Can Black Tea Prevent Diabetes?
An emerging factor for chronic disease‚ sedentary behavior – marked by an obvious lack of routine physical activity‚ may prompt the onset of type–2 diabetes among women. Thomas Yates‚ from the University of Leicester (United Kingdom)‚ and colleagues assessed 585 men and women‚ ages 40 and over‚ for the amount of time they spend sitting during the course of the week. Additionally‚ the team collected blood samples to identify markers linked to diabetes and metabolic dysfunction. The researchers found that women who spent the longest time sitting have higher levels of insulin‚ as well as elevated levels of leptin (a chemical released by fatty tissue in the abdomen)‚ and higher amounts of inflammatory markers including C–reactive protein and interleukin–6. These correlations were not found in the male study subjects. Urging that women need to engage in 30 minutes of moderate to vigorous intensity exercise a day‚ the study authors conclude that: “Total self-reported weekday sitting time was associated with biomarkers linked to chronic low–grade inflammation and poor metabolic health in women … independent of physical activity.” http://www.worldhealth.net
Diabetes and Footcare
People with diabetes need to take special care with their feet. Infections of the feet can be hard to heal, and could ultimately lead to amputation. Why are you more susceptible to foot problems? High blood glucose provides bacteria the fuel to grow on. Feet are difficult to keep clean, and easy to injure. Bacteria can get into a sore from your shoe rubbing or a nick with the toe clipper or a cut on your sole and multiply fast. Your ability to fight infection is also decreased by high blood glucose, as well as reduced circulation. You may also have peripheral neuropathy, which affects the nerves of your feet with tingling or numbness, so that you may not be aware of a cut or blister on your foot. If a foot sore goes untreated, it can quickly become a problem. It is estimated that more than half of the amputations are caused by preventable infection complications.
Tips for Keeping Your Feet Healthy:
1. Check your feet every day. Use a mirror to see the bottom of your feet, and look between your toes. If this is difficult, ask a family member or friend to check for you. 2. Treat any skin break by washing with soap and water and an antibacterial cream and a small bandage. 3. Clean your feet daily with warm water and soap, not hot water. Do not soak your feet. Because of decreased sensations, you are susceptible to burning your skin. 4. Use a moisturizer to avoid dry skin and calluses, but don’t let it accumulate between your toes. Be sure to dry between your toes. 5. Be careful with the care of toenails and corns and calluses. You can irritate or break the skin easily, and risk infection. Use an emery file for toenails, not scissors. Never cut corns or calluses, see your foot doctor instead. 6. Avoid walking barefoot, even at home. 7. Buy cotton socks, and shoes that are comfortable and don’t rub the skin. Break new shoes in slowly. 8. Increase blood flow to your feet by walking more. 9. Take your shoes and socks off when you go to a doctor appointment and have the nurse or doctor check your feet.http://www.diabetescare.net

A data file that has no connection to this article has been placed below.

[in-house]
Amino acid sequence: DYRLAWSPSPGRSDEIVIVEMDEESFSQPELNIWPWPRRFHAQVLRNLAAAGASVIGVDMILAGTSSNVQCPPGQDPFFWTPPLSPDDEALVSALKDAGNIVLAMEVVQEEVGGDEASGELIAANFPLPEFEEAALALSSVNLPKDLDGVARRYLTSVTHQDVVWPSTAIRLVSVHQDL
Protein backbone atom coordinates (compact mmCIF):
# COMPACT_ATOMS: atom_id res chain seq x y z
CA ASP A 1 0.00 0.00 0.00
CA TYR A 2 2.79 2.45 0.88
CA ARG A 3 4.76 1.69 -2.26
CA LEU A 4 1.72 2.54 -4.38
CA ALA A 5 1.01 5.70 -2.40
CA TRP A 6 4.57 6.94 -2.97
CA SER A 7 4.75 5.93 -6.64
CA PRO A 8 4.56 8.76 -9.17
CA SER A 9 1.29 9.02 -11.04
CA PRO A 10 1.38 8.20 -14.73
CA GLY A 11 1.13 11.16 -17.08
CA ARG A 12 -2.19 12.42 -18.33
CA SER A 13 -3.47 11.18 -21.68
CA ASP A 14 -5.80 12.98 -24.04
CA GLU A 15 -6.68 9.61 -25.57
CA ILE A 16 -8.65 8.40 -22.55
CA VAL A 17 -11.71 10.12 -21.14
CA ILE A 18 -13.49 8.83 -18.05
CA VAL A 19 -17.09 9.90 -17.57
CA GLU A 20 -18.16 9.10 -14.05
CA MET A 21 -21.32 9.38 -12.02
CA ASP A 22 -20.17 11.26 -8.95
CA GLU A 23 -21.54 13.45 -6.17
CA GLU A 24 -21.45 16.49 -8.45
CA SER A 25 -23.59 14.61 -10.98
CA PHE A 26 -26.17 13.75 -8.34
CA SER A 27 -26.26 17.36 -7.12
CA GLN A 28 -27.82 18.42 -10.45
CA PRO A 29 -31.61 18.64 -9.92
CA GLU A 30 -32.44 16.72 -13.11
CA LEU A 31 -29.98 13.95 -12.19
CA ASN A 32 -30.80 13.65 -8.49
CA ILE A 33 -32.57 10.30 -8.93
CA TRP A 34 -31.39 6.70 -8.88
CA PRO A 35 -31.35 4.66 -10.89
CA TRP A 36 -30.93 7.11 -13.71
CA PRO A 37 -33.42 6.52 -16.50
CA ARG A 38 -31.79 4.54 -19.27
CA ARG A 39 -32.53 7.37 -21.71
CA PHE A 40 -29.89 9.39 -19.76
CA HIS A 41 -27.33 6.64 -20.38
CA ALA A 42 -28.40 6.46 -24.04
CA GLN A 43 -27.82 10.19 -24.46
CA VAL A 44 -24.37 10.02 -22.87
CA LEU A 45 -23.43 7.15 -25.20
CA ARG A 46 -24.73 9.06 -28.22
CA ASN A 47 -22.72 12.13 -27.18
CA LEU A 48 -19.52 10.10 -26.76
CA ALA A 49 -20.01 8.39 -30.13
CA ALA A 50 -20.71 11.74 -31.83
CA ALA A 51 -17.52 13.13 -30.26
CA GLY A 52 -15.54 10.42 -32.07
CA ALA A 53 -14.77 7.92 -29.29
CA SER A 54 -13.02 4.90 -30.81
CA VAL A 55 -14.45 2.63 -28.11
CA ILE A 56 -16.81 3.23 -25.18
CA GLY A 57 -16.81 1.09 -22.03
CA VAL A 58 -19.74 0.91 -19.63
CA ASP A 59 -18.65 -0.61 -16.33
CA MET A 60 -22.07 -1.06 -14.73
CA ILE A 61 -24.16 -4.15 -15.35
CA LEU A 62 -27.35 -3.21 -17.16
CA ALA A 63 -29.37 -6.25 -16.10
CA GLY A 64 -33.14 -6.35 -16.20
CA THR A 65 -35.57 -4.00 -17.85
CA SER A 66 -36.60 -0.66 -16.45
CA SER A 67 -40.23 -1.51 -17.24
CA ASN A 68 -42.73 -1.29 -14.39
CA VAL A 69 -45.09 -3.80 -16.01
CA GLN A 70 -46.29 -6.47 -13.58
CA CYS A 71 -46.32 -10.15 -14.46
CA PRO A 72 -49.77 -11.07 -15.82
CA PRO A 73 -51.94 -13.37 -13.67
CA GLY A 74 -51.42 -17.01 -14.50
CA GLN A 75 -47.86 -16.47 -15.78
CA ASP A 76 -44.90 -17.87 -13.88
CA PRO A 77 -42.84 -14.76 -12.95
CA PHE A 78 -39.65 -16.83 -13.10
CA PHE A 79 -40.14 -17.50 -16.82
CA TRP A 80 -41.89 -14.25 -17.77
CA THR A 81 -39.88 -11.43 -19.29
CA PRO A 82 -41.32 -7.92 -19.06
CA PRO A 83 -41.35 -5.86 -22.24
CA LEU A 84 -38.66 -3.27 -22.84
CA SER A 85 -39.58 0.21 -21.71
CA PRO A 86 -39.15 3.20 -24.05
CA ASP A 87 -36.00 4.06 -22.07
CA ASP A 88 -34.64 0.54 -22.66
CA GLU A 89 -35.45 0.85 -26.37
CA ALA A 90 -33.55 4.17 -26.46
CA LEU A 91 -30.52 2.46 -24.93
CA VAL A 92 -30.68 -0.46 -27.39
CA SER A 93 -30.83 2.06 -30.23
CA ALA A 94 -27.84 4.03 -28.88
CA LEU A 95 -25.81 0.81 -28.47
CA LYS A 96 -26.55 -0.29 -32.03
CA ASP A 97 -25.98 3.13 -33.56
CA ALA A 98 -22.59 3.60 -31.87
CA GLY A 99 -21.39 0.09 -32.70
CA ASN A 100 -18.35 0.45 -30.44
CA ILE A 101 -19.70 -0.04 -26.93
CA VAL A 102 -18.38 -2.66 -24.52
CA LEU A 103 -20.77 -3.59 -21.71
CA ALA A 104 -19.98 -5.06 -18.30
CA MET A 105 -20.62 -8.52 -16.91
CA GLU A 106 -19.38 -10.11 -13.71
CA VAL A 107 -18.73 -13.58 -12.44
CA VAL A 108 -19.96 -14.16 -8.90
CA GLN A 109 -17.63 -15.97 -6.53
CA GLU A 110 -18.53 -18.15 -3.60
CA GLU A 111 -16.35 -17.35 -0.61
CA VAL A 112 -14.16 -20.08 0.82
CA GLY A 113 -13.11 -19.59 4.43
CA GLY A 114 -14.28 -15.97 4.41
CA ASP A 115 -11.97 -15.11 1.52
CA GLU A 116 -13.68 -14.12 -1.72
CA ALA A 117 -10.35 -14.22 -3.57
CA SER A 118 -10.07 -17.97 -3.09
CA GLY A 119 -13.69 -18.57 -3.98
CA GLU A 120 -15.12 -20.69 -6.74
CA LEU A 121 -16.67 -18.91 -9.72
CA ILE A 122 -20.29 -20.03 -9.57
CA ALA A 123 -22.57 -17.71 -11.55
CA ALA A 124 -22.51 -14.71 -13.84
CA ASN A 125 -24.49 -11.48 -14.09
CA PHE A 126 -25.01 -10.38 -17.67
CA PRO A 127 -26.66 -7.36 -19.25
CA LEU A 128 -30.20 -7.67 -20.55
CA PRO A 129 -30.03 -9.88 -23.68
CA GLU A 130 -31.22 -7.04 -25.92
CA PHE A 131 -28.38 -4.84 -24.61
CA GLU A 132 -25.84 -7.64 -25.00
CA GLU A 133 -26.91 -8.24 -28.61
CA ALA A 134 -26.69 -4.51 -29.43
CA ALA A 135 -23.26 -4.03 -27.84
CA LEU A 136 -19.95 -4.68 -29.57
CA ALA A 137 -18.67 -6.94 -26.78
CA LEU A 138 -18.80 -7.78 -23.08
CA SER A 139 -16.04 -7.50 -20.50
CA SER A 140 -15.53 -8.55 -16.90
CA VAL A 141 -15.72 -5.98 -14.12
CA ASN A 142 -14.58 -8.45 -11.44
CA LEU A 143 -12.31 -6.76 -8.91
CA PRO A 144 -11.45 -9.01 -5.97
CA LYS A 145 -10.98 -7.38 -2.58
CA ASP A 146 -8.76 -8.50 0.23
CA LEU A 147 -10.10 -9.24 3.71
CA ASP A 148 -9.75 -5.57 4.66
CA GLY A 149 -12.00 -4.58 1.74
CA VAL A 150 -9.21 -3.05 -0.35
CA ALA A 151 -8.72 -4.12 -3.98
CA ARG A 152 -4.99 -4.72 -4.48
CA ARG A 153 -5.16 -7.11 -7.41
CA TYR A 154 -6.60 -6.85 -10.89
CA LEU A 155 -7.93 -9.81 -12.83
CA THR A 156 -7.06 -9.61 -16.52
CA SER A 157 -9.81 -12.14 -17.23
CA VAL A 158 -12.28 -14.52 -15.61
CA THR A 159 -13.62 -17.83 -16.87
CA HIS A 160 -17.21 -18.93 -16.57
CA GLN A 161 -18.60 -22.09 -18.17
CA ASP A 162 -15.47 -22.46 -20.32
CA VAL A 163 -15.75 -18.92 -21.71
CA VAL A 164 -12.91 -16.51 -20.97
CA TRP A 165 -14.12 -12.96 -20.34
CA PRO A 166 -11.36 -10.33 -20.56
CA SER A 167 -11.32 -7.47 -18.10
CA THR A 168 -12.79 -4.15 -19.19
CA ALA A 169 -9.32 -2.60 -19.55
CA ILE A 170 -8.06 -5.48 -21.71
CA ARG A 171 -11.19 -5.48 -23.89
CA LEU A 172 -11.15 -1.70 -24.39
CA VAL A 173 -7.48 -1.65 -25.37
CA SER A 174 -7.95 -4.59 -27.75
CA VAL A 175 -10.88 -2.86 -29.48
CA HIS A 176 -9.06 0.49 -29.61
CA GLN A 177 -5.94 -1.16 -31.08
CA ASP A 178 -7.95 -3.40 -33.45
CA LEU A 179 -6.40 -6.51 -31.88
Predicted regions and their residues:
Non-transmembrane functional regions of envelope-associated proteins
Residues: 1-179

This is our menu:
Kurakkan or oats with milk, 1 Fried or boil egg, 2 slices of bread (max) and a fruit. 1/2 teas spoon of diabi tea to end.
Red rice, green vegies, dhal, salad, fish or chicken and some plain yogurt. 1/2 teaspoon of diabi tea 1 hour after .
For dinner have Before 8.00pm
Apple, carrot, banana. or apple yogurt and some other fruit.
Keep walking 20 minutes after your b’fast and lunch every day. Drink water as much as possible. Get involved physical activities as much as possible. You will have no disturbances from diabetes.